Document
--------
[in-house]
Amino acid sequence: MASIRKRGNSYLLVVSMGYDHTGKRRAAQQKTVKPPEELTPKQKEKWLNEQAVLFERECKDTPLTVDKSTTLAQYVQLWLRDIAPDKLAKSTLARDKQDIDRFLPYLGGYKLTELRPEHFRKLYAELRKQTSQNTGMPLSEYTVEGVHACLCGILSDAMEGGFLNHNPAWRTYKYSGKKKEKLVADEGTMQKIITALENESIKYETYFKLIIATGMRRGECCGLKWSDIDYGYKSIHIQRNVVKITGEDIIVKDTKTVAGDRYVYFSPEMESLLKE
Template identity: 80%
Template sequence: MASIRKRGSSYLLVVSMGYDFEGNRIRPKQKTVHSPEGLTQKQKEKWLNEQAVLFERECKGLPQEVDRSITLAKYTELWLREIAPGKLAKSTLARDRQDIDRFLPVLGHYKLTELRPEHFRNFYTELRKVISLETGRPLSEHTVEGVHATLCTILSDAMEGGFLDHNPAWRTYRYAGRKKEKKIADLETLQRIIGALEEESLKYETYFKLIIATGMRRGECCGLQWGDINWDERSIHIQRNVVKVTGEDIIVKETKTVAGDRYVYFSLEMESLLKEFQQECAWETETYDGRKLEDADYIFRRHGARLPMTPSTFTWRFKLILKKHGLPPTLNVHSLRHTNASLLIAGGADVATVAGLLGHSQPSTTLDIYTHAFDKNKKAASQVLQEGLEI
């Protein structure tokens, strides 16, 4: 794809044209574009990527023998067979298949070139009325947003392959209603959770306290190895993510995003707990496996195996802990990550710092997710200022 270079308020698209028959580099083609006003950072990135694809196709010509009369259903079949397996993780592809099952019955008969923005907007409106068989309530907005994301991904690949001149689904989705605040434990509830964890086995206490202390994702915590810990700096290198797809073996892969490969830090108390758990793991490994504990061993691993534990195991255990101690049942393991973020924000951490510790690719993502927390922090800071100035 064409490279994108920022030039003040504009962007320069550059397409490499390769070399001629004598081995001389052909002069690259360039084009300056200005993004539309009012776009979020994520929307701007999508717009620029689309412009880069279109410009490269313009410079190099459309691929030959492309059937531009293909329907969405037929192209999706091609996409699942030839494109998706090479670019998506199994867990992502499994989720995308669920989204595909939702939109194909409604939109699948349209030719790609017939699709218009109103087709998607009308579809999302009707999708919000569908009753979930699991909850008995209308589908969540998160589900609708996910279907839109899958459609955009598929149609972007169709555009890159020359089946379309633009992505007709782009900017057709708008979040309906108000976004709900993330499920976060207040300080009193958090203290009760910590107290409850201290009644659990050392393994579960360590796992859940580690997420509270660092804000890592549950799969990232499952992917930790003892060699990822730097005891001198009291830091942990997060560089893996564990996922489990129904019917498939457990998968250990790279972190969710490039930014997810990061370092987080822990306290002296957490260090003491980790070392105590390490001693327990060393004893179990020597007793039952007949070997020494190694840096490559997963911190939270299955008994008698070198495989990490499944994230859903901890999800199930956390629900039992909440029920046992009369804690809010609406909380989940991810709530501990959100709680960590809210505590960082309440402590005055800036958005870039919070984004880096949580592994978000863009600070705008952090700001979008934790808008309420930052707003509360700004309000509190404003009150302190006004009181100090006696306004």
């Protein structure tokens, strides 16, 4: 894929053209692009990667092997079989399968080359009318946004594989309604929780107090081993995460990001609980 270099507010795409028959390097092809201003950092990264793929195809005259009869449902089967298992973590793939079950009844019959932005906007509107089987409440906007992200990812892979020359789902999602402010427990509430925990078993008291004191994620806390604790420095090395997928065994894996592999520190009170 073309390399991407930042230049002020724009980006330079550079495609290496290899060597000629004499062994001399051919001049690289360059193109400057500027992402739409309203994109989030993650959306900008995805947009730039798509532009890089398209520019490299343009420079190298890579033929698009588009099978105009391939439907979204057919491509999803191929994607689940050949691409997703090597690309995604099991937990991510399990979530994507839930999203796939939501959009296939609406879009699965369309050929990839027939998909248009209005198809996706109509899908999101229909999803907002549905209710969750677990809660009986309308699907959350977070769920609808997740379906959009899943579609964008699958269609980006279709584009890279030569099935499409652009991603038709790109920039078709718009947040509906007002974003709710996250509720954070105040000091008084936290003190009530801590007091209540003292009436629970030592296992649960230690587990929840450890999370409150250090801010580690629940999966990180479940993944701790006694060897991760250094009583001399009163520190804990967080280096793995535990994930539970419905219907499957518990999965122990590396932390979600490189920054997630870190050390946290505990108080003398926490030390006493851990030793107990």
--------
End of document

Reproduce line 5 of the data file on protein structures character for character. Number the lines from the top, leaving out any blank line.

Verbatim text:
């Protein structure tokens, strides 16, 4: 794809044209574009990527023998067979298949070139009325947003392959209603959770306290190895993510995003707990496996195996802990990550710092997710200022 270079308020698209028959580099083609006003950072990135694809196709010509009369259903079949397996993780592809099952019955008969923005907007409106068989309530907005994301991904690949001149689904989705605040434990509830964890086995206490202390994702915590810990700096290198797809073996892969490969830090108390758990793991490994504990061993691993534990195991255990101690049942393991973020924000951490510790690719993502927390922090800071100035 064409490279994108920022030039003040504009962007320069550059397409490499390769070399001629004598081995001389052909002069690259360039084009300056200005993004539309009012776009979020994520929307701007999508717009620029689309412009880069279109410009490269313009410079190099459309691929030959492309059937531009293909329907969405037929192209999706091609996409699942030839494109998706090479670019998506199994867990992502499994989720995308669920989204595909939702939109194909409604939109699948349209030719790609017939699709218009109103087709998607009308579809999302009707999708919000569908009753979930699991909850008995209308589908969540998160589900609708996910279907839109899958459609955009598929149609972007169709555009890159020359089946379309633009992505007709782009900017057709708008979040309906108000976004709900993330499920976060207040300080009193958090203290009760910590107290409850201290009644659990050392393994579960360590796992859940580690997420509270660092804000890592549950799969990232499952992917930790003892060699990822730097005891001198009291830091942990997060560089893996564990996922489990129904019917498939457990998968250990790279972190969710490039930014997810990061370092987080822990306290002296957490260090003491980790070392105590390490001693327990060393004893179990020597007793039952007949070997020494190694840096490559997963911190939270299955008994008698070198495989990490499944994230859903901890999800199930956390629900039992909440029920046992009369804690809010609406909380989940991810709530501990959100709680960590809210505590960082309440402590005055800036958005870039919070984004880096949580592994978000863009600070705008952090700001979008934790808008309420930052707003509360700004309000509190404003009150302190006004009181100090006696306004």